John Harris, Sir David Alliance Professor of bioethics at the University at Manchester, is a member of the United Kingdom Human Genetics Commission.
Q: How has the discovery of the DNA structure affected bioethics?
A: I cannot think of a single area of bioethics that hasn't been influenced by it. Privacy is one issue that now has a new dimension. Now with the ability to do genetic profiling noninvasively from saliva and not blood, someone can lurk around the bar, take my drinking glass, and run a test from my saliva. So these issues of privacy and confidentiality have shifted from keeping information secret, to punishing the misuse of information.
Q: What are some of the other new issues in bioethics?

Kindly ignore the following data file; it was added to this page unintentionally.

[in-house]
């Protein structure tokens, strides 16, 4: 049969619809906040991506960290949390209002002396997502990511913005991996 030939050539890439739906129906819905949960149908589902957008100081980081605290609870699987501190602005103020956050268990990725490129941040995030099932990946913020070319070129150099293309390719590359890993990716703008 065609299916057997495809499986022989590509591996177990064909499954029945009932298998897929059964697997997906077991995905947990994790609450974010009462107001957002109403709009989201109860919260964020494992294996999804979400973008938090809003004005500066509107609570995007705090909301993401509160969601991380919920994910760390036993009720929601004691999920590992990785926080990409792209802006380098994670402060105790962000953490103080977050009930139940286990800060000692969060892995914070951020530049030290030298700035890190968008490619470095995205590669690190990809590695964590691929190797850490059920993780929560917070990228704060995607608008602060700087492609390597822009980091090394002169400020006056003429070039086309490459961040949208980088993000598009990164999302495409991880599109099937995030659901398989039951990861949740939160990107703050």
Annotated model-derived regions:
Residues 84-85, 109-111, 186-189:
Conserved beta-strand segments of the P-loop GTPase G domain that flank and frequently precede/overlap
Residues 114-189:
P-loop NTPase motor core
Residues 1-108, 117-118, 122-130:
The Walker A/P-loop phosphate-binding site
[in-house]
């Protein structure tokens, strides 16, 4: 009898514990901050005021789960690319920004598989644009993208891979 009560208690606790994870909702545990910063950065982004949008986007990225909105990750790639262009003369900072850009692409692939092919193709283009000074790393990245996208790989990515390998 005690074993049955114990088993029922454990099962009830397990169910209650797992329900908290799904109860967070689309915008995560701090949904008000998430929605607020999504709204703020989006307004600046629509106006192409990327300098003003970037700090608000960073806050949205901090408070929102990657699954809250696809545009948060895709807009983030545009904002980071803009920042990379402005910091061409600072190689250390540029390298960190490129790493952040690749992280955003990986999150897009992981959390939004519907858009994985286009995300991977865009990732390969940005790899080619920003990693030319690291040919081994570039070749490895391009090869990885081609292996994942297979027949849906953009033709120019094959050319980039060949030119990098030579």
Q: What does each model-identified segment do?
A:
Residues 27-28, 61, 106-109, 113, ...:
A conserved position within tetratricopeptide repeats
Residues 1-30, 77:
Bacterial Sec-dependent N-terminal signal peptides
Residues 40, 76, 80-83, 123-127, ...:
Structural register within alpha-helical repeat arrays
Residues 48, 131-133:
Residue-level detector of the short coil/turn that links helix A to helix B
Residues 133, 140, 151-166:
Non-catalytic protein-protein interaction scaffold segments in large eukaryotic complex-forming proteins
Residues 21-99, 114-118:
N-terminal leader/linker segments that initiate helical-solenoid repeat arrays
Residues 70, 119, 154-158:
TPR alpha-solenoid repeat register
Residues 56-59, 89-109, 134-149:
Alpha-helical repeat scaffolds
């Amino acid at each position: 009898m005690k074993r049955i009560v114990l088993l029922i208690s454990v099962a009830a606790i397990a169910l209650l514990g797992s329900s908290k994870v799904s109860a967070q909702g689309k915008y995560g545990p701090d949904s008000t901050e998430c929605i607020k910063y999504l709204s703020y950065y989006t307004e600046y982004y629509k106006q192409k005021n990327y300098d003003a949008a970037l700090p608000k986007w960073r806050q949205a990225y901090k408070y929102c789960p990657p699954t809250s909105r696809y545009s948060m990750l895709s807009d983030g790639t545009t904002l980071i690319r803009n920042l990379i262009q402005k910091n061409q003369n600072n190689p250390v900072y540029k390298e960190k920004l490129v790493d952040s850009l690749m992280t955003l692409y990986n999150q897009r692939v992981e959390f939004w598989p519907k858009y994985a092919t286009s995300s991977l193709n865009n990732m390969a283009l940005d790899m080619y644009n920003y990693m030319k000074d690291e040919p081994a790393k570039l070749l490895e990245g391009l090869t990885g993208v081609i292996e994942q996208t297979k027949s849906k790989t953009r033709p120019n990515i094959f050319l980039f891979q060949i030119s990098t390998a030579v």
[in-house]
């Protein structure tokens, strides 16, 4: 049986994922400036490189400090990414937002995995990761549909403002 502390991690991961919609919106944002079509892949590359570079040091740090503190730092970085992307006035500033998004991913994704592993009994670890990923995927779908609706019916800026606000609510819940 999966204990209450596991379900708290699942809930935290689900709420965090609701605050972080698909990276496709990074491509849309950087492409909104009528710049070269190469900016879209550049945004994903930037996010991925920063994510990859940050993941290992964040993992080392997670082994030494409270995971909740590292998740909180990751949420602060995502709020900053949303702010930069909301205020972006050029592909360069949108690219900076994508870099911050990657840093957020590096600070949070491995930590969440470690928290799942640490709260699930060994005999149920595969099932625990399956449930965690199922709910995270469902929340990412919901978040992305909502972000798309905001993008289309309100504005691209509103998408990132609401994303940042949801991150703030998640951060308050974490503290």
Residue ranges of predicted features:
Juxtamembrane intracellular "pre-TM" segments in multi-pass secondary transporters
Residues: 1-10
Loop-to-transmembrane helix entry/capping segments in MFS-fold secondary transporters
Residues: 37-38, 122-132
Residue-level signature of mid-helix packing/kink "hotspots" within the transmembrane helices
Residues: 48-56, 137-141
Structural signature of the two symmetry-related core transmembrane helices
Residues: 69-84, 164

A: The new issues of bioethics have to do with the possibilities of intervening in people's genomes through gene therapy, genetic manipulation, and cloning. I think that is a huge shift in the sense and responsibility of who we are. We've operated up to now [with the belief] that ill health was a matter of chance. We're now starting to feel more responsible for our state of health and about our genomes. We no longer look at ourselves passively as the products of evolution, but possibly the authors of future evolution.
--Brendan Maher, Eugene Russo, and Hal Cohen contributed to this report.
The image of John Doebley, professor of genetics, University of Wisconsin, Madison, was incorrectly used for John Harris in this story. The corrected image is provided above.